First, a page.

A View from the Touchline – Premier League, 28.9.19.
Marr 45 pts(t 7, c 5) v Currie Chieftains 27 pts(t 4, c 2, p g 1)
As well as Ayr Rugby Club, their near neighbours, Marr RFC are also establishing a reputation as a hotbed for the sport in Ayrshire. Two seasons ago the Troon club had a taste of life in the top division, and they certainly appear to have equipped themselves well for a longer stay in the revamped Premier setup this time around. Some large drops of rain started to fall at kick-off, but it did not dampen the expectations of a good-sized crowd, and the bright returning sunshine was soon matched by the Fullerton team’s performance in this top of the table clash.
With both teams gleaning maximum points from their previous three outings, plus having a good balance of youth and experience in their ranks, everything pointed towards a pretty close and exciting contest. The nip and tuck of the first five minutes did indicate just this, with Marr attacking and Currie letting nothing through their defensive wall. An unfortunate collision of bodies in midfield immediately changed the dynamic. The Chieftains’ experienced orchestrator, Gregor Hunter who normally exerts a controlling influence on proceedings, looked very groggy as he was assisted to the touchline. He would play no further part in the match.
As is often the case, the reorganised visitors looked a little too casual when a low punt skidded diagonally towards the Currie goal line; the chasing Conor Bickerstaff secured the ball and popped a lovely pass to the supporting Fraser Grant for an unconverted opening score. The Chieftains regrouped and had Marr under considerable pressure before they were penalised, and the threat was cleared. It was very evident that the home team had several fliers in their backline who exploited the space created by speed and accurate passing, both in open play and at the breakdown. Before the end of the first quarter Grant Montgomery shot down the left wing after some sublime handling made the overlap. The corner flag try was converted by Colin Sturgeon.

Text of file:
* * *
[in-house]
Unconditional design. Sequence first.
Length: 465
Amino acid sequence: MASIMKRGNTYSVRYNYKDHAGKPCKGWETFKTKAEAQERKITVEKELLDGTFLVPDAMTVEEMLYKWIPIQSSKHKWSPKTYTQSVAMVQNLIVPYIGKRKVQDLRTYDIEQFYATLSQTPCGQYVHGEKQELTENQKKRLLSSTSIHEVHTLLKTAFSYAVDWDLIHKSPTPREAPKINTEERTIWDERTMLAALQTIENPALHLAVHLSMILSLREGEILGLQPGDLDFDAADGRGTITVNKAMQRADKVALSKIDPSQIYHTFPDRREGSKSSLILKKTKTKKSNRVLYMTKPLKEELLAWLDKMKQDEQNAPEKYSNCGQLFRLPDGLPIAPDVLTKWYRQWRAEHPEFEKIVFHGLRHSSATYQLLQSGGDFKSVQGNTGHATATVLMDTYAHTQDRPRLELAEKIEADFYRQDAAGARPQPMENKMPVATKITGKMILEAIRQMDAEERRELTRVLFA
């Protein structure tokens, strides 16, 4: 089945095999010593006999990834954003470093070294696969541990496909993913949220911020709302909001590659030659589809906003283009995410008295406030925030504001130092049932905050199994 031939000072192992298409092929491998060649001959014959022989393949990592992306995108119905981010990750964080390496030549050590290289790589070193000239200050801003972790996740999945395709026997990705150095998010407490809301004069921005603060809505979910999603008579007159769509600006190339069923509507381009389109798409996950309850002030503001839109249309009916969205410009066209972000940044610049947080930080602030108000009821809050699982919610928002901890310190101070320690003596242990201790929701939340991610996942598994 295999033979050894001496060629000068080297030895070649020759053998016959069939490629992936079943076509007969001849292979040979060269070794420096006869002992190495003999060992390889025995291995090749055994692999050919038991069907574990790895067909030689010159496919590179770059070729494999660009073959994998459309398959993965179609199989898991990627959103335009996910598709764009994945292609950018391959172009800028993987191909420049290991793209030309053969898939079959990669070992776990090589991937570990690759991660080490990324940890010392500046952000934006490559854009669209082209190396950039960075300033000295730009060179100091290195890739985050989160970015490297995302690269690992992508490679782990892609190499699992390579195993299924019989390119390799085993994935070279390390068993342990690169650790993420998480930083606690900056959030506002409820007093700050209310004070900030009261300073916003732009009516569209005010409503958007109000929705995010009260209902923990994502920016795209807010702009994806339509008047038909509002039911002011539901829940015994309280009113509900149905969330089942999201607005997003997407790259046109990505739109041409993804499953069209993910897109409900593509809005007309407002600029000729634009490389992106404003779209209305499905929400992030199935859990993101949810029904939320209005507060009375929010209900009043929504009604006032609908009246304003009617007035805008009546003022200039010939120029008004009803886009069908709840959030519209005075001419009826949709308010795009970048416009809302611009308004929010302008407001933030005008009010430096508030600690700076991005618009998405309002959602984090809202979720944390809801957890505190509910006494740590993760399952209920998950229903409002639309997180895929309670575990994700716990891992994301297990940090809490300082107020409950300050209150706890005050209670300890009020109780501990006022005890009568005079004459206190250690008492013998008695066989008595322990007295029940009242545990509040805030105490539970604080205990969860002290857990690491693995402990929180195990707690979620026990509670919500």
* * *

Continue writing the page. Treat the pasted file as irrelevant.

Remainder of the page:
Although they were now labouring against the constant physicality of a beefy Marr pack, the Chieftains absorbed the pressure and exerted plenty of their own. They were rewarded with a penalty following fine work from Archie MacLean and Fergus Scott; Steven Hamilton kicked the points. On the half hour it got even better for the visitors with Mike Vernel making the most of a penalty lineout when he rumbled over with the forward drive. The try was not converted, and Currie did not handle the re-start well; this appears to be turning into a regular failing. The lapse was punished, as Marr went through the phases before William Farquhar finished the job; Colin Sturgeon converted the try to leave the home team looking comfortable at the break.
Halftime score – Marr 19 pts, Currie Chieftains 8 pts.